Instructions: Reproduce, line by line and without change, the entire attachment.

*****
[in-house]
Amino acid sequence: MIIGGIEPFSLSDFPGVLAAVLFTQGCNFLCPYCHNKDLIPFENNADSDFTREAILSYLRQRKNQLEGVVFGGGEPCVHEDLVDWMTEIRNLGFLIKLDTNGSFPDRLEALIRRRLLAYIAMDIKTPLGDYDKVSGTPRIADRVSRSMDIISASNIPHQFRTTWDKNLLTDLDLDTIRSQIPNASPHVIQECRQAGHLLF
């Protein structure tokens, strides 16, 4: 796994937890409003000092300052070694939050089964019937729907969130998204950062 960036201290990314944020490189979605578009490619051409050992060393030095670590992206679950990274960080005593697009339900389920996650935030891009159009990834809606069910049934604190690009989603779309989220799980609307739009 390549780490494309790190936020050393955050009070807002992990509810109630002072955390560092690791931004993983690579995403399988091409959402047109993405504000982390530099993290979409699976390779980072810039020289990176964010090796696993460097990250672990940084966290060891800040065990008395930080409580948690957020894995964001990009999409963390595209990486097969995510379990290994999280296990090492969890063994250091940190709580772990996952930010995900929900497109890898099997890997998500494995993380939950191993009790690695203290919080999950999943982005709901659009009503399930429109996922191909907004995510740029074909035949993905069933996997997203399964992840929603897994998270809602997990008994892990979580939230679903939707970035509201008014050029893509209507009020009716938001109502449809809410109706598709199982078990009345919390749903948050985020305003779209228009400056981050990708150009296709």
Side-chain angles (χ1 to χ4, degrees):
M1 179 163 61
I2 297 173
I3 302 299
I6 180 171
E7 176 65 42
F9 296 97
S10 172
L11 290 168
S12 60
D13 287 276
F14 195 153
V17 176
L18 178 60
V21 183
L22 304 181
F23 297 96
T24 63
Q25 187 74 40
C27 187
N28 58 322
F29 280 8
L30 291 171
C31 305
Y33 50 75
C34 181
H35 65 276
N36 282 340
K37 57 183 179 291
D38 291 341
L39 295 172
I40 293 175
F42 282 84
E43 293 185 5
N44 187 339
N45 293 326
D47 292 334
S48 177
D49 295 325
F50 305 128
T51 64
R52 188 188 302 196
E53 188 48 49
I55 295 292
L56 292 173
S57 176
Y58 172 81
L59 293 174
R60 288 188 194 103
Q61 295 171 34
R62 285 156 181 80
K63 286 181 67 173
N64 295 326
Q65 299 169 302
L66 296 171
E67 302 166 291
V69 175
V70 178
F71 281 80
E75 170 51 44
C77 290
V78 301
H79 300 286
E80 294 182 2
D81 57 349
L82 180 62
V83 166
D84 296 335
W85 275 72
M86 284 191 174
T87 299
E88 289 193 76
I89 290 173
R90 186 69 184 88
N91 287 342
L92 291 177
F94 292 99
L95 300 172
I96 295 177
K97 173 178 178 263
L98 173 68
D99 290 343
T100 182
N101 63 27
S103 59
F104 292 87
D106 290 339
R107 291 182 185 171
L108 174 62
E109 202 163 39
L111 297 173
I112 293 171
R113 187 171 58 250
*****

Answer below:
[in-house]
Amino acid sequence: MIIGGIEPFSLSDFPGVLAAVLFTQGCNFLCPYCHNKDLIPFENNADSDFTREAILSYLRQRKNQLEGVVFGGGEPCVHEDLVDWMTEIRNLGFLIKLDTNGSFPDRLEALIRRRLLAYIAMDIKTPLGDYDKVSGTPRIADRVSRSMDIISASNIPHQFRTTWDKNLLTDLDLDTIRSQIPNASPHVIQECRQAGHLLF
């Protein structure tokens, strides 16, 4: 796994937890409003000092300052070694939050089964019937729907969130998204950062 960036201290990314944020490189979605578009490619051409050992060393030095670590992206679950990274960080005593697009339900389920996650935030891009159009990834809606069910049934604190690009989603779309989220799980609307739009 390549780490494309790190936020050393955050009070807002992990509810109630002072955390560092690791931004993983690579995403399988091409959402047109993405504000982390530099993290979409699976390779980072810039020289990176964010090796696993460097990250672990940084966290060891800040065990008395930080409580948690957020894995964001990009999409963390595209990486097969995510379990290994999280296990090492969890063994250091940190709580772990996952930010995900929900497109890898099997890997998500494995993380939950191993009790690695203290919080999950999943982005709901659009009503399930429109996922191909907004995510740029074909035949993905069933996997997203399964992840929603897994998270809602997990008994892990979580939230679903939707970035509201008014050029893509209507009020009716938001109502449809809410109706598709199982078990009345919390749903948050985020305003779209228009400056981050990708150009296709």
Side-chain angles (χ1 to χ4, degrees):
M1 179 163 61
I2 297 173
I3 302 299
I6 180 171
E7 176 65 42
F9 296 97
S10 172
L11 290 168
S12 60
D13 287 276
F14 195 153
V17 176
L18 178 60
V21 183
L22 304 181
F23 297 96
T24 63
Q25 187 74 40
C27 187
N28 58 322
F29 280 8
L30 291 171
C31 305
Y33 50 75
C34 181
H35 65 276
N36 282 340
K37 57 183 179 291
D38 291 341
L39 295 172
I40 293 175
F42 282 84
E43 293 185 5
N44 187 339
N45 293 326
D47 292 334
S48 177
D49 295 325
F50 305 128
T51 64
R52 188 188 302 196
E53 188 48 49
I55 295 292
L56 292 173
S57 176
Y58 172 81
L59 293 174
R60 288 188 194 103
Q61 295 171 34
R62 285 156 181 80
K63 286 181 67 173
N64 295 326
Q65 299 169 302
L66 296 171
E67 302 166 291
V69 175
V70 178
F71 281 80
E75 170 51 44
C77 290
V78 301
H79 300 286
E80 294 182 2
D81 57 349
L82 180 62
V83 166
D84 296 335
W85 275 72
M86 284 191 174
T87 299
E88 289 193 76
I89 290 173
R90 186 69 184 88
N91 287 342
L92 291 177
F94 292 99
L95 300 172
I96 295 177
K97 173 178 178 263
L98 173 68
D99 290 343
T100 182
N101 63 27
S103 59
F104 292 87
D106 290 339
R107 291 182 185 171
L108 174 62
E109 202 163 39
L111 297 173
I112 293 171
R113 187 171 58 250